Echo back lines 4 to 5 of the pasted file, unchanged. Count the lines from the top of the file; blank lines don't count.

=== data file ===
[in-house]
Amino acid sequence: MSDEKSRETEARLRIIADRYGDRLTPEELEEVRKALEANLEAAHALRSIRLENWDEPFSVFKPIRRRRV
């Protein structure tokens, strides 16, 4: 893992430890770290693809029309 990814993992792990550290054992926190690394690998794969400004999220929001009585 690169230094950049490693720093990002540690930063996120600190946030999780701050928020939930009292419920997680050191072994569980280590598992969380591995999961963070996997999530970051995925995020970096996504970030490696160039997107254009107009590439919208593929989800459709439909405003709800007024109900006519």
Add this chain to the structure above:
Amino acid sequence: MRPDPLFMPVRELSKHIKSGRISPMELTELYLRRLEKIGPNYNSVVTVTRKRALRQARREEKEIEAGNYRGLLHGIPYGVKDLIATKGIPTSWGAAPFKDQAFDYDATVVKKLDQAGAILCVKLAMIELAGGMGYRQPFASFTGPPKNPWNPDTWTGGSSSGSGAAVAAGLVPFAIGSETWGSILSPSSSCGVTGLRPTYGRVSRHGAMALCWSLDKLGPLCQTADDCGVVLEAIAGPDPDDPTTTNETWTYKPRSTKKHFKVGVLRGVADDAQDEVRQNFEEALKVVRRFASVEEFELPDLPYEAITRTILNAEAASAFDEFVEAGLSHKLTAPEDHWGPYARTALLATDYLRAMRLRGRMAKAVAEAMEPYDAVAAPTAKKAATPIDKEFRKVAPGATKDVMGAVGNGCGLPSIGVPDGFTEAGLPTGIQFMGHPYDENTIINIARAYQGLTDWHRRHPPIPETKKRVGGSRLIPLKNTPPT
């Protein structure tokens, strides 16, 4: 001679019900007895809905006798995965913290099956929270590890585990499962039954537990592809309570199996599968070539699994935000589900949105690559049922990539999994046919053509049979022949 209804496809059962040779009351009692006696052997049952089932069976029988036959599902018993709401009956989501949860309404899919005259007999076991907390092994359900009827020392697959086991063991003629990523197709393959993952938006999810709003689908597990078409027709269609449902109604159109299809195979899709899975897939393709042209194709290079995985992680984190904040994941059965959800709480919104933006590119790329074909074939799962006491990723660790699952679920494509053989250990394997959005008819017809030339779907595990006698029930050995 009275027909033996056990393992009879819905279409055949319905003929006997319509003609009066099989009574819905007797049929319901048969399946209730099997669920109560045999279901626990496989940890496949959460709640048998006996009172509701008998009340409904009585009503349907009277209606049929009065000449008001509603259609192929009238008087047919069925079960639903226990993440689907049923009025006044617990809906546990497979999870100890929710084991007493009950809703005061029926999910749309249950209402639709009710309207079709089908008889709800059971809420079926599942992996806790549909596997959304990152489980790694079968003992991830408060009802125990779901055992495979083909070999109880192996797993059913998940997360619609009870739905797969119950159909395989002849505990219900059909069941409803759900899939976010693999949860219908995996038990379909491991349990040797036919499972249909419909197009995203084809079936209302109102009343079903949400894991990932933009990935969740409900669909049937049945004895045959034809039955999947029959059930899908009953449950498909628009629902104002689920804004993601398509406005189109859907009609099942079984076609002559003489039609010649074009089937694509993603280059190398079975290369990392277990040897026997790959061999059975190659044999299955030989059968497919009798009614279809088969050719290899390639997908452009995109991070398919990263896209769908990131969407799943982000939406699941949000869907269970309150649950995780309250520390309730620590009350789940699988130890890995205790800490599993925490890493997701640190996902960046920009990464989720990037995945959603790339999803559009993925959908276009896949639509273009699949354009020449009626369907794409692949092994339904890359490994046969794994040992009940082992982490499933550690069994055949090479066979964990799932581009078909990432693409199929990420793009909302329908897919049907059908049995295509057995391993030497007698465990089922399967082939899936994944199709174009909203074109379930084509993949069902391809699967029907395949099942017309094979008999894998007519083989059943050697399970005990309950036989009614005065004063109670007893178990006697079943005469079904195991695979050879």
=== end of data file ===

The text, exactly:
Add this chain to the structure above:
Amino acid sequence: MRPDPLFMPVRELSKHIKSGRISPMELTELYLRRLEKIGPNYNSVVTVTRKRALRQARREEKEIEAGNYRGLLHGIPYGVKDLIATKGIPTSWGAAPFKDQAFDYDATVVKKLDQAGAILCVKLAMIELAGGMGYRQPFASFTGPPKNPWNPDTWTGGSSSGSGAAVAAGLVPFAIGSETWGSILSPSSSCGVTGLRPTYGRVSRHGAMALCWSLDKLGPLCQTADDCGVVLEAIAGPDPDDPTTTNETWTYKPRSTKKHFKVGVLRGVADDAQDEVRQNFEEALKVVRRFASVEEFELPDLPYEAITRTILNAEAASAFDEFVEAGLSHKLTAPEDHWGPYARTALLATDYLRAMRLRGRMAKAVAEAMEPYDAVAAPTAKKAATPIDKEFRKVAPGATKDVMGAVGNGCGLPSIGVPDGFTEAGLPTGIQFMGHPYDENTIINIARAYQGLTDWHRRHPPIPETKKRVGGSRLIPLKNTPPT